Putin to welcome China's Xi to Moscow at critical moment
By Mark Trevelyan
LONDON (Reuters) - Three days after being accused by an international tribunal of war crimes in Ukraine, Russian President Vladimir Putin will be looking more than ever for a show of solidarity from his Chinese counterpart Xi Jinping when he welcomes him to Moscow on Monday.
Xi will be the first world leader to shake Putin's hand since the International Criminal Court (ICC) issued an arrest warrant for the Russian leader on Friday over the deportation of Ukrainian children to Russia since the start of the war.
Russia will present Xi's trip - his first since securing an unprecedented third term this month - as evidence that it has a powerful friend prepared to stand with it against a hostile West that it says is trying in vain to isolate and defeat it.
Neither Moscow nor Beijing are members of the ICC, whose action the Kremlin said was outrageous but legally void. But by making Putin a wanted man in 123 countries virtually on the eve of Xi's trip, the court has shone an awkward spotlight on a meeting that was already delicate for the Chinese leader.
As Russia's army struggles in Ukraine and the United States warns China against supplying Moscow with weapons, Beijing faces a choice it had hoped to avoid, said Jonathan Eyal of the Royal United Services Institute, a London think-tank.
"Either they do nothing and risk seeing Russia humiliated in Ukraine, which is not in China’s interest. Or they come to Russia’s aid and risk a much bigger deterioration in their relationship with the United States and other Western countries," he said in a telephone interview.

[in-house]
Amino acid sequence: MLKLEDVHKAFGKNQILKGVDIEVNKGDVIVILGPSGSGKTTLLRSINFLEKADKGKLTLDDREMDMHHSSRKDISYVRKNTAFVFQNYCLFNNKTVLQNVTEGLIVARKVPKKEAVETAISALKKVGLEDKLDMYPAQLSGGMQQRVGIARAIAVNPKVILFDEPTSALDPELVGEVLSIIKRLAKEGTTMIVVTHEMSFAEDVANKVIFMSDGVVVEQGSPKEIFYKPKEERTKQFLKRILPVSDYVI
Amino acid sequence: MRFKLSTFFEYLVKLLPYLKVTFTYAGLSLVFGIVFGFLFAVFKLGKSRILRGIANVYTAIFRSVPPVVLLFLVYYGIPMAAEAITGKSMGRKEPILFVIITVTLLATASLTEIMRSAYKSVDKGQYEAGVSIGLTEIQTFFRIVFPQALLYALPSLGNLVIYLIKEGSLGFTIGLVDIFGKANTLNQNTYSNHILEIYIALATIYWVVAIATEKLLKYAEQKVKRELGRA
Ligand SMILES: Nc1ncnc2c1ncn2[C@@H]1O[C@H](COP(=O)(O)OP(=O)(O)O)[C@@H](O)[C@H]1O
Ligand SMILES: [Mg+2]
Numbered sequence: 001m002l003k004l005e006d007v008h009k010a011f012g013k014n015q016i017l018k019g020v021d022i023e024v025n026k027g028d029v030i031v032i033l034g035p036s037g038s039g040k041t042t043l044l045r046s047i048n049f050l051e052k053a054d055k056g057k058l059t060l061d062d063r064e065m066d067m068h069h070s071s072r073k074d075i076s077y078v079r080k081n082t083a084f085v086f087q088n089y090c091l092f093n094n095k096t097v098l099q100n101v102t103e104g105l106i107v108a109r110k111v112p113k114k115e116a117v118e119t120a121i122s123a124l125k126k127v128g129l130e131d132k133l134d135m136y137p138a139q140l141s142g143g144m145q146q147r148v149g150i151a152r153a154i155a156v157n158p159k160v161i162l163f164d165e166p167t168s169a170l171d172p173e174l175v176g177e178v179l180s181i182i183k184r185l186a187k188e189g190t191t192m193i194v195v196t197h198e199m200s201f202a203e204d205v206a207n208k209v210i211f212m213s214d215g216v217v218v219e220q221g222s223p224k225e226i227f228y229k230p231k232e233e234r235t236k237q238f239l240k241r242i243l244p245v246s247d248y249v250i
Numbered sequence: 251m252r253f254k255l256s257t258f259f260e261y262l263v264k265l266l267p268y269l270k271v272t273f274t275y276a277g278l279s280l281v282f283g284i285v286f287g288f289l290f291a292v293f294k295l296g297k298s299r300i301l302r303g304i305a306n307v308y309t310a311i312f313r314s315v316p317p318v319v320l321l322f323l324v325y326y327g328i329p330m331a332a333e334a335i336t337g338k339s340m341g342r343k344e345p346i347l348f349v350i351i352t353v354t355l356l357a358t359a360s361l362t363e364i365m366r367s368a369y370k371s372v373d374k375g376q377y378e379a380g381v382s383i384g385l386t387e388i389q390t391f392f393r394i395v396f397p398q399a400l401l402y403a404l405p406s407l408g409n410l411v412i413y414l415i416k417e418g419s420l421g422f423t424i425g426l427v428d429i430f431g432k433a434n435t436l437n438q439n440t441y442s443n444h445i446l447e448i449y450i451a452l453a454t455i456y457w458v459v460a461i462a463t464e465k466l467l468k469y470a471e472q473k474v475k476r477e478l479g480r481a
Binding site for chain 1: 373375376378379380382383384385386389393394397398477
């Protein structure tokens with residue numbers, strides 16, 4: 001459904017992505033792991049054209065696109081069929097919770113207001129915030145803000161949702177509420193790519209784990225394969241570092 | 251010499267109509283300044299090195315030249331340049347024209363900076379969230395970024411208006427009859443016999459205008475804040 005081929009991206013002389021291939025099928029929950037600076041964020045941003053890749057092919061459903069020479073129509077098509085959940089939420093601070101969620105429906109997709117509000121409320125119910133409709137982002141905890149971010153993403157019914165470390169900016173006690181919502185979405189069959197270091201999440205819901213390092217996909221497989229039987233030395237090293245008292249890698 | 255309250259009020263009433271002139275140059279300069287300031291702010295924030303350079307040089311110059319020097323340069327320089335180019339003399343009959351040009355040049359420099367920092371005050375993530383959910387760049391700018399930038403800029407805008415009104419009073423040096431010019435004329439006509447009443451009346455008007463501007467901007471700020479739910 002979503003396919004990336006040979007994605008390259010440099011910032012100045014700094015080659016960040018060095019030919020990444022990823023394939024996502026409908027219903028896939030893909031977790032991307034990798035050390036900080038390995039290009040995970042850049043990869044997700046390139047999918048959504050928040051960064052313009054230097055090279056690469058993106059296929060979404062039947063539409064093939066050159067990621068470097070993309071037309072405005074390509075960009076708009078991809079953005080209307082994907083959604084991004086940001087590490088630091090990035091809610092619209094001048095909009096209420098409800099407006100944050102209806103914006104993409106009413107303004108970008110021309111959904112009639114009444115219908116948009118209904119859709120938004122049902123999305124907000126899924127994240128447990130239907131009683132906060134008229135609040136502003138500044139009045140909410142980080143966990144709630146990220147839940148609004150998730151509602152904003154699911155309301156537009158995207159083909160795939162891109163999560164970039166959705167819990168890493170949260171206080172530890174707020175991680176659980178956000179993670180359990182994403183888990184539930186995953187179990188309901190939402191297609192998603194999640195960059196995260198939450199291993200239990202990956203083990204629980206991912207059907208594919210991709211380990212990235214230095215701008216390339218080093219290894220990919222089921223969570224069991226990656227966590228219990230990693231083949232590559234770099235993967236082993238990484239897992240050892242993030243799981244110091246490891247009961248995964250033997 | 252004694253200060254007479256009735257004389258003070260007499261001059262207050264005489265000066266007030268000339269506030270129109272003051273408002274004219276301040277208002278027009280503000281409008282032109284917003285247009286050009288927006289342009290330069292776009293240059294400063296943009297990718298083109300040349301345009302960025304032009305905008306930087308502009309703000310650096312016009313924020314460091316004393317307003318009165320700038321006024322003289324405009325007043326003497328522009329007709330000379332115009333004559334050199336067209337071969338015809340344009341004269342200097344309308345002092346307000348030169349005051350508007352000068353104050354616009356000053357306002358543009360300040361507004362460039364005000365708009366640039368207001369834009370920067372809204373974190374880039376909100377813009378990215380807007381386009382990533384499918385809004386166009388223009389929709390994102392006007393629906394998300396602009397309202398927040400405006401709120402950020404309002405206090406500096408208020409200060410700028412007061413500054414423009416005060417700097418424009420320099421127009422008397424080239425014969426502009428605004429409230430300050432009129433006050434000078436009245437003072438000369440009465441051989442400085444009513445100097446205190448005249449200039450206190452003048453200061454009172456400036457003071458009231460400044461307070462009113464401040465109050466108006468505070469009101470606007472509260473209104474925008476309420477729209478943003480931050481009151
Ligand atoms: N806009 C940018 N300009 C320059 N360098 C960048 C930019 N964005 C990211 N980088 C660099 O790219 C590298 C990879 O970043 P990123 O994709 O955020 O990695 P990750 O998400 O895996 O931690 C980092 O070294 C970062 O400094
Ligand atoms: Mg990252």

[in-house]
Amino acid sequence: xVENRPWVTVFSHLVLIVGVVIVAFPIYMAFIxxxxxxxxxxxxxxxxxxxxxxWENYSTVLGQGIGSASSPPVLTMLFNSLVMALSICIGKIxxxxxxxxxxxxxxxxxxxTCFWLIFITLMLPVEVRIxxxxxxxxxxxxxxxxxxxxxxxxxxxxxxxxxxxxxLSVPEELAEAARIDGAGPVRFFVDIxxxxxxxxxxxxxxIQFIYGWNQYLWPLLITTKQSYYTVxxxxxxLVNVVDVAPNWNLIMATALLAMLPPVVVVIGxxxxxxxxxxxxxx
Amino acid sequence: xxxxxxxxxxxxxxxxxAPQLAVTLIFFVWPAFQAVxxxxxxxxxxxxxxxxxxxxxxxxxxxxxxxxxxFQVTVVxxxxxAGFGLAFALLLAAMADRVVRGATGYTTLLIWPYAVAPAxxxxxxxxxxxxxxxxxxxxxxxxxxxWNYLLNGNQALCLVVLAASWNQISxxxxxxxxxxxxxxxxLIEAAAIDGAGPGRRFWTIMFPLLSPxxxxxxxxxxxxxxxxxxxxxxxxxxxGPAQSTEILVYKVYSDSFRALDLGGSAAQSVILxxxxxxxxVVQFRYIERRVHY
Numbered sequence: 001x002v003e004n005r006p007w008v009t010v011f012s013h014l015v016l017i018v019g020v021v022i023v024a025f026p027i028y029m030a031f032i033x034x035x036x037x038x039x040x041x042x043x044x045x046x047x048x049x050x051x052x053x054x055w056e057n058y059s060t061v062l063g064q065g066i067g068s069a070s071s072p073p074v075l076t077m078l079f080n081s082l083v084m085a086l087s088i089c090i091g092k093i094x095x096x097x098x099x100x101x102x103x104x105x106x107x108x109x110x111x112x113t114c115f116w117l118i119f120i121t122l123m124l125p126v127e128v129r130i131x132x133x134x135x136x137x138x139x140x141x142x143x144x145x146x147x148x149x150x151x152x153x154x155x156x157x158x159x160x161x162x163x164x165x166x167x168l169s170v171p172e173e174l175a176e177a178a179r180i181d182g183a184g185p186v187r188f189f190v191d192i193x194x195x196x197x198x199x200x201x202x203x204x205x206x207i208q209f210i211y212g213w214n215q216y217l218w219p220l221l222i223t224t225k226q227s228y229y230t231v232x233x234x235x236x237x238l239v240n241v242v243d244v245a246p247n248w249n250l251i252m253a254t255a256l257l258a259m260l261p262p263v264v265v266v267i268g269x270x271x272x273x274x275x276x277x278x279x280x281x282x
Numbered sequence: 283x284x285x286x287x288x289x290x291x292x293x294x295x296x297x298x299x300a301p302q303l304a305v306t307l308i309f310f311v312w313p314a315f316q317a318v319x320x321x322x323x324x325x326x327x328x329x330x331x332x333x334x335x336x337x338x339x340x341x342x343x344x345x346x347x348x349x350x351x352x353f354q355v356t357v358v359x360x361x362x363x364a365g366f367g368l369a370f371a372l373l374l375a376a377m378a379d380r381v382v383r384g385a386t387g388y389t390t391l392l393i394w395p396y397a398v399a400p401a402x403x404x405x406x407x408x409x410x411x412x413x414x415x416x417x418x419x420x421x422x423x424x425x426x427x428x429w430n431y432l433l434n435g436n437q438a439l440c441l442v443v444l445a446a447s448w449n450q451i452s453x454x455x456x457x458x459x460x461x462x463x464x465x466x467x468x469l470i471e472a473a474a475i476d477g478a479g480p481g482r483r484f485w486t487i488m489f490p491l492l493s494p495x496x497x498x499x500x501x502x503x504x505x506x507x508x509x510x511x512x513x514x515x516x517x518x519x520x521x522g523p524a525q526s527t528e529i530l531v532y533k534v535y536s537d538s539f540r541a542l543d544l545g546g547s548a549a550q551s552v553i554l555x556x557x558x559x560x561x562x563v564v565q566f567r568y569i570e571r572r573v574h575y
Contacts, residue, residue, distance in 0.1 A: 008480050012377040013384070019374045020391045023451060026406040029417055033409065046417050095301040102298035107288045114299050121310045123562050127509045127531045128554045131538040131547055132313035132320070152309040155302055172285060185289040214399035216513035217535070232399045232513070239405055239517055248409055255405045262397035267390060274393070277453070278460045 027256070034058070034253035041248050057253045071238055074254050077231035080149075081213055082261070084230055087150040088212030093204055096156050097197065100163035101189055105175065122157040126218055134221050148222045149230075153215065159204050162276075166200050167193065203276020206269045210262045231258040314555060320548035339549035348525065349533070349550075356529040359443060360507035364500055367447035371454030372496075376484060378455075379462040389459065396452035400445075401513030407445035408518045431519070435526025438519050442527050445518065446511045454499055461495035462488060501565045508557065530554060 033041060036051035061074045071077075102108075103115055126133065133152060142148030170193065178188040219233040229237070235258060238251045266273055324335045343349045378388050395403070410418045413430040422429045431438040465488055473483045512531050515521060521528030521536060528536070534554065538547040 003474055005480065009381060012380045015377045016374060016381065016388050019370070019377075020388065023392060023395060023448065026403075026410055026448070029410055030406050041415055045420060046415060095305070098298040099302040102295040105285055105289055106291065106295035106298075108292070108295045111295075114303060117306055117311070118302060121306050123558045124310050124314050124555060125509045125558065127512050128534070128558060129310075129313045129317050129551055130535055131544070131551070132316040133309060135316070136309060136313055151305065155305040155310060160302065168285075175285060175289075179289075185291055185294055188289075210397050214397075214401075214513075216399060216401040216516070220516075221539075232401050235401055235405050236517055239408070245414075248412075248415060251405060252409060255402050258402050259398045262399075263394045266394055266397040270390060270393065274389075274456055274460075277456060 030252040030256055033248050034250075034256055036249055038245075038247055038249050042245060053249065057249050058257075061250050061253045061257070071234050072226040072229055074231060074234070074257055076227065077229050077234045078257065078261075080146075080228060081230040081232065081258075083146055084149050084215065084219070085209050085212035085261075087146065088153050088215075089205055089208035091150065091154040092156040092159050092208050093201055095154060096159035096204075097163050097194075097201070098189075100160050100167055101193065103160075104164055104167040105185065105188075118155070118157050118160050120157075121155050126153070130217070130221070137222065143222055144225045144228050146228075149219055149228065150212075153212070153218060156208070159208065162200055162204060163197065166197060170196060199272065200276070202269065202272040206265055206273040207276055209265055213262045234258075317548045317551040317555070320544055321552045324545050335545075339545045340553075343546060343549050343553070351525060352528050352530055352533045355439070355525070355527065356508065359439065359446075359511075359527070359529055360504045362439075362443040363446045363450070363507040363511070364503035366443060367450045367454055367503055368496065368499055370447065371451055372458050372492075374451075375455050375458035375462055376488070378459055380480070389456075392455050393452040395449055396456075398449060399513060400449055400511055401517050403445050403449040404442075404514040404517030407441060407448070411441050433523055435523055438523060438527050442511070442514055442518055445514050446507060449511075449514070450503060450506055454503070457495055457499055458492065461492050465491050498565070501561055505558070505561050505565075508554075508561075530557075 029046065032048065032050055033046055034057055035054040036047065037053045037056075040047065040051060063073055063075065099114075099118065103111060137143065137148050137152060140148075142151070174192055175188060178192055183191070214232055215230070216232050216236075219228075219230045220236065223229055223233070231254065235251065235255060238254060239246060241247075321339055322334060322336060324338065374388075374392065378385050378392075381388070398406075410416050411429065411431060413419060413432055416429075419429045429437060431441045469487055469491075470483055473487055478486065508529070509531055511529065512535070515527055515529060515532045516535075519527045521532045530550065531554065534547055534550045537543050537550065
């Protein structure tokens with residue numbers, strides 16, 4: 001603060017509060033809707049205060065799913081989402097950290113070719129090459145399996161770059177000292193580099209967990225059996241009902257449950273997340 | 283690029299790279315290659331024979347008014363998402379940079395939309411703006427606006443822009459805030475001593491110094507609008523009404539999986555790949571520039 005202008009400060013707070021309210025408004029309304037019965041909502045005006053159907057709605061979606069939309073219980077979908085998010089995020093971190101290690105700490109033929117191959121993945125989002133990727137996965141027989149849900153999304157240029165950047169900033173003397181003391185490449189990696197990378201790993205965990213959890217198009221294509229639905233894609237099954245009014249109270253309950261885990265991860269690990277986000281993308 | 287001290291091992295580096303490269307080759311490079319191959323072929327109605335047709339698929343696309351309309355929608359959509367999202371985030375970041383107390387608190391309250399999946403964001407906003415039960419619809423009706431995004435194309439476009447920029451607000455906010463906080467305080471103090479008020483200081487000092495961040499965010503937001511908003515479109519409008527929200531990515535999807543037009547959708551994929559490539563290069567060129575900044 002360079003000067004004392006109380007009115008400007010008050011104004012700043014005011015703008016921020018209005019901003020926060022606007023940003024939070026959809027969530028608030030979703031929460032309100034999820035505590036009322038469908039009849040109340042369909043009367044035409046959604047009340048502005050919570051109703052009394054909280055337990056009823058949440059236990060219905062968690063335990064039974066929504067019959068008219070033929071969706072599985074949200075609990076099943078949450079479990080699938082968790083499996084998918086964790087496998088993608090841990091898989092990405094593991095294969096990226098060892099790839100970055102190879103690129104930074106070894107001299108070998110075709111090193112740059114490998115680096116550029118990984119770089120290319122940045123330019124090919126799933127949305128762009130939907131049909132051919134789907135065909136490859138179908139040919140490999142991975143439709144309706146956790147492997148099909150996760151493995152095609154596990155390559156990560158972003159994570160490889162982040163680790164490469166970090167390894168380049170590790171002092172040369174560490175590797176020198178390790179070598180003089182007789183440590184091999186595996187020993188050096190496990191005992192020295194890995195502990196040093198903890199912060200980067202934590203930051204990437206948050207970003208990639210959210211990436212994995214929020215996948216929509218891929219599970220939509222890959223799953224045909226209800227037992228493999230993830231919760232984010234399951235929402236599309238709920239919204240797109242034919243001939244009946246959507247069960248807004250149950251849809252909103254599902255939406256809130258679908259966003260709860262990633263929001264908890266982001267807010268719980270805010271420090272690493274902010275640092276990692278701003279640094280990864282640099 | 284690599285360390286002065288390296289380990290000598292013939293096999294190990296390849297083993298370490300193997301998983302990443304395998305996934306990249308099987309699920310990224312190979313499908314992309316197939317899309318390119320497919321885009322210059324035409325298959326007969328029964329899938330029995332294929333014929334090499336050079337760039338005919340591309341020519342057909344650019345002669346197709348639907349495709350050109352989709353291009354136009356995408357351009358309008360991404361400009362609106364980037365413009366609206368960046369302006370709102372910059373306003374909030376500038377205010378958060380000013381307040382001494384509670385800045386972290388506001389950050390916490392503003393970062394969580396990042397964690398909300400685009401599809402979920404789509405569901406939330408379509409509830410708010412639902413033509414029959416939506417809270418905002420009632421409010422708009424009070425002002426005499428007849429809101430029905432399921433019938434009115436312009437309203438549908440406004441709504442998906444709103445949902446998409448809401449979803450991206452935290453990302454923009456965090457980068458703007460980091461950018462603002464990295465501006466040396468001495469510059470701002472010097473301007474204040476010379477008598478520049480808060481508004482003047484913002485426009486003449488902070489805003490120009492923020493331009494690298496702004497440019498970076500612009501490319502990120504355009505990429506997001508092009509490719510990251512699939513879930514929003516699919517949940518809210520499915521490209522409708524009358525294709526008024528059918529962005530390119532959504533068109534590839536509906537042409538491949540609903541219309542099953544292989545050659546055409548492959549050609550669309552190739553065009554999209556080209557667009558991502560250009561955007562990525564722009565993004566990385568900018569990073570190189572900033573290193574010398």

In an article for a Chinese newspaper, published on the Kremlin website late on Sunday, Putin said he had high hopes for the visit by his "good old friend" Xi, with whom he signed a "no limits" strategic partnership last year.
He also welcomed China's willingness to mediate in the conflict.
"We are grateful for the balanced line of (China) in connection with the events taking place in Ukraine, for understanding their background and true causes. We welcome China's willingness to play a constructive role in resolving the crisis," Putin said.
China last month published a 12-point paper calling for dialogue and a settlement in Ukraine, but it contained only general statements and no concrete proposal for how the year-long war might end.
Ukraine cautiously welcomed the Chinese proposal but says any settlement would require Russia to withdraw from all the territory it has seized, including the Crimean peninsula it annexed in 2014.
The United States has reacted with extreme scepticism to China's involvement, given its refusal to condemn Russia's invasion.
White House spokesperson John Kirby told Fox News on Sunday that any call by Putin and Xi for a ceasefire now would be unacceptable because it would just "ratify Russia's conquest to date".
"All that's going to do is give Mr Putin more time to re-fit, re-train, re-man, and try for renewed offensives at a time of his choosing," he said.
(Reporting by Mark Trevelyan; Additional reporting by David Lawder in Washington; Writing by Mark Trevelyan; Editing by Stephen Coates)